An equally fact-free assumption follows when Black states that: “Iran’s support for Assad [is] probably far more significant than assistance to the rebels from the Gulf states”. There are a multitude of things wrong with this vapid sentence. Does an editor often include “probably” when discussing such issues? Does Mr. Black provide any evidence that his assumption may be held in fact and not fantasy? And does Mr. Black realise, after three years of having the opportunity, that the Syrian Army and Government is a state-actor perfectly entitled to receive any support it requires from its allies? On the other hand, the “rebels” are a plethora of non-state extremist and criminal militia waging a terrorist insurgency upon a state and its infrastructure. Yet, for some strange reason, Mr. Black continues to place these two belligerents on some sort of moral and legal equal footing. Black attempts to bolster this blatant duplicity with a link to the recently released footage of Iranian revolutionary guards operating in Syria: This dubious “evidence” of “far more significant” Iranian assistance – even if proven – pales in comparison to the tonnes of footage of foreign fighters, and reems of reports on the foreign actors arming and funding the opposition to the tune of billions of dollars. It is virtually the first time in almost three years that IRGC personnel have allegedly been seen in Syria.

Black ends his Israeli propaganda fluff-piece by pitching “terrorist expert” Mathew Levitt’s latest book of fabrications and baseless speculation. Alluding to the marine barracks bombing of October 1983, Black tells us that the “US intercepted” a message (yes, you guessed it, the ever-trustworthy Middle East SIGINT of the US, aka: Israel) from the Iranian intelligence ministry to their Damascus ambassador: “It instructed Iran’s ambassador in Damascus, Ali Akbar Mohtashemi, to contact Hussein al-Musawi, the leader of Islamic Amal (a precursor to Hezbollah) and to direct him to “take spectacular action” against the Americans. The warning did not prevent the attack, which killed 241 US and 58 French personnel.” Contrary to this “precursor” narrative, and in spite of decades of strenuous Israeli/American efforts to tie Hezbollah directly to the marine barracks attack; there is zero evidence to suggest that Hezbollah as a formal group participated in the bombing. Black is once again playing loose with the facts. Musawi was indeed a founding member of Islamic Amal, a splinter group of the Shi’a Amal movement (an intermittent foe of Hezbollah) formed during the Lebanese civil war, and indeed, his group did pledge allegiance to Iran. Musawi himself later joined Hezbollah and served on the consultative council – before Israel assassinated him. Accordingly, there were several such Shi’a groups operating at the time of the civil war, most of which became part of Hezbollah prior to its official formation in 1985 – two years after the marine barracks bombing. Whether Musawi and others participated in the bombing and subsequently became members of Hezbollah is far too nuanced a point to include in this pathetic attempt to demonize Israel’s enemy.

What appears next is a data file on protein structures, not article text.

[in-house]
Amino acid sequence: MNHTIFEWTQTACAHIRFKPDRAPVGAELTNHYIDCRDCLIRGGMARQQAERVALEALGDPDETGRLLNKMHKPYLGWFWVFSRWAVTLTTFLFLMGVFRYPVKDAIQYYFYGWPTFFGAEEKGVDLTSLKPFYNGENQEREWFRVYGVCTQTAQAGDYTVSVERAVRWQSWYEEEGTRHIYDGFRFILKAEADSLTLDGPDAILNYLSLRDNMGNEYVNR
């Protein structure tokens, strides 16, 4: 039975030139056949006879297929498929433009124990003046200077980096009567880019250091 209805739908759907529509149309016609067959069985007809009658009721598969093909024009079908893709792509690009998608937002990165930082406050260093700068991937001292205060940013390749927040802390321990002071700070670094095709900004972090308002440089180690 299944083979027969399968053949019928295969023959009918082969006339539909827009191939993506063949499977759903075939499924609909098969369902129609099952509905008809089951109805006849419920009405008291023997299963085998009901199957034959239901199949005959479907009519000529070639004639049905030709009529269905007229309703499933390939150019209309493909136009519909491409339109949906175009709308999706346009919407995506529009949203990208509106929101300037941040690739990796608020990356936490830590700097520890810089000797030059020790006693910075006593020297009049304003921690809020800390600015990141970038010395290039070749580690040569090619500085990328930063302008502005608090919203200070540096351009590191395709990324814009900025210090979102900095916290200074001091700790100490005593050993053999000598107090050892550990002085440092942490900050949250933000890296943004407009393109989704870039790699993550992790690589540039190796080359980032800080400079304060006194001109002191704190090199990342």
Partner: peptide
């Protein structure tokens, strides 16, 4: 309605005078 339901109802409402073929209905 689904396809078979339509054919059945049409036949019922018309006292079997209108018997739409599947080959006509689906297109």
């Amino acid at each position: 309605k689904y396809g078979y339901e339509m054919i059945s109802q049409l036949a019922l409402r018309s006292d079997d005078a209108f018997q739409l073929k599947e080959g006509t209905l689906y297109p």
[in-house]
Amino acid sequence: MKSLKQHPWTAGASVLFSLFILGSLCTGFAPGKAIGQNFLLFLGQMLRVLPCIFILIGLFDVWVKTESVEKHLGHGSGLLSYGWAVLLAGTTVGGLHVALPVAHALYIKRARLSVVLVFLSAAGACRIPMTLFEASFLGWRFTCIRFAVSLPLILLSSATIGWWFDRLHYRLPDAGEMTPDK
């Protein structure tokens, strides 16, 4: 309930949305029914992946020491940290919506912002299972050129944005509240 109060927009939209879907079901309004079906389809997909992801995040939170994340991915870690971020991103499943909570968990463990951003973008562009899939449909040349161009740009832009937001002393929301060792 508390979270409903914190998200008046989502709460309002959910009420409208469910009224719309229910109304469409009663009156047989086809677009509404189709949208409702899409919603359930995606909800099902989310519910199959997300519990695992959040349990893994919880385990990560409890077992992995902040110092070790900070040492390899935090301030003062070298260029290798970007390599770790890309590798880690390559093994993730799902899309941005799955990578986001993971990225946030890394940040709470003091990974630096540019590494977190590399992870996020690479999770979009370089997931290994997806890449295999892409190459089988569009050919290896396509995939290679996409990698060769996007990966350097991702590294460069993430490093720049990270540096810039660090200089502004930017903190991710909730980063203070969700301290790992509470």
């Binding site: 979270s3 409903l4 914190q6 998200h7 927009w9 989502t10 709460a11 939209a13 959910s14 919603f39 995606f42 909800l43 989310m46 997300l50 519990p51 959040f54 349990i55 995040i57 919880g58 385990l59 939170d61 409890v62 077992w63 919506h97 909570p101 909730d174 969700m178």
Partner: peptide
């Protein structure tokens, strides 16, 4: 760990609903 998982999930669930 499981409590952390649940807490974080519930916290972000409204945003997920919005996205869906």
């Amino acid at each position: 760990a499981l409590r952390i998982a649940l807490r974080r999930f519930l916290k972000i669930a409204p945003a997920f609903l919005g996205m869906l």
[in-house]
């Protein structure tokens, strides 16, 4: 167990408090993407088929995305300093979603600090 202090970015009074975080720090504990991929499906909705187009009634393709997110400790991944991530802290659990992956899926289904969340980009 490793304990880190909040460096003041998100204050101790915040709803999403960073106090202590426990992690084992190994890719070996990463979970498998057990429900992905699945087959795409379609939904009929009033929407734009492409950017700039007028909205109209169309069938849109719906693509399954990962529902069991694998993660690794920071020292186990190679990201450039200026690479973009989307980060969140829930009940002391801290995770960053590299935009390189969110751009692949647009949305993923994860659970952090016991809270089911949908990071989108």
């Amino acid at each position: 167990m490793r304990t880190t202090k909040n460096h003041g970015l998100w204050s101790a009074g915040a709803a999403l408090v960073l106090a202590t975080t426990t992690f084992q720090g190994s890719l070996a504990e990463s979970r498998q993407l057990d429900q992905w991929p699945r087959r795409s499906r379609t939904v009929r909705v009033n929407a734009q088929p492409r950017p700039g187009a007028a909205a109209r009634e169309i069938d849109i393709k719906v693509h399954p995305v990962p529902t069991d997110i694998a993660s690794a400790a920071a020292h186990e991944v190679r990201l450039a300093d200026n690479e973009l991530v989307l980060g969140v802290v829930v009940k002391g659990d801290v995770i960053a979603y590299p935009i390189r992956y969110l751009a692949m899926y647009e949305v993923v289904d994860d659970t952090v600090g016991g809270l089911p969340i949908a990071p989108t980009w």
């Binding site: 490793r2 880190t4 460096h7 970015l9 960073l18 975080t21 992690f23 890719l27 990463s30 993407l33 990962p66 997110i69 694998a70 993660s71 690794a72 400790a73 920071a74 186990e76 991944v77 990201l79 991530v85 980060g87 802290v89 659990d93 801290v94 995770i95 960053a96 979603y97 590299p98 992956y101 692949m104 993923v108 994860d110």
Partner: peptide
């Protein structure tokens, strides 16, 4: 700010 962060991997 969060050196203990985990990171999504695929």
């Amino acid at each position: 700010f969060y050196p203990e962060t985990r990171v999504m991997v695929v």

Black’s article provides yet another example of how western Middle East Editors, when discussing the Arab world, invariably parrot Israeli propaganda with scant regard for relevant context or the facts.

2 thoughts on “The Guardian’s MIddle East Editor does Israel’s dirty work.

    • I always recall hearing Ian Black, being interviewed on Israel Army radio, speaking fluent hebrew. I used to listen to this on short-wave. “Galei Tzahal,” as it’s known, also had a video stream, though there was nothing to see on it but the tiny studio in which the announcer operated, with one small sofa and a noticeboard.

Leave a Reply

Fill in your details below or click an icon to log in:

WordPress.com Logo

You are commenting using your WordPress.com account. Log Out / Change )

Twitter picture

You are commenting using your Twitter account. Log Out / Change )

Facebook photo

You are commenting using your Facebook account. Log Out / Change )

Google+ photo

You are commenting using your Google+ account. Log Out / Change )

Connecting to %s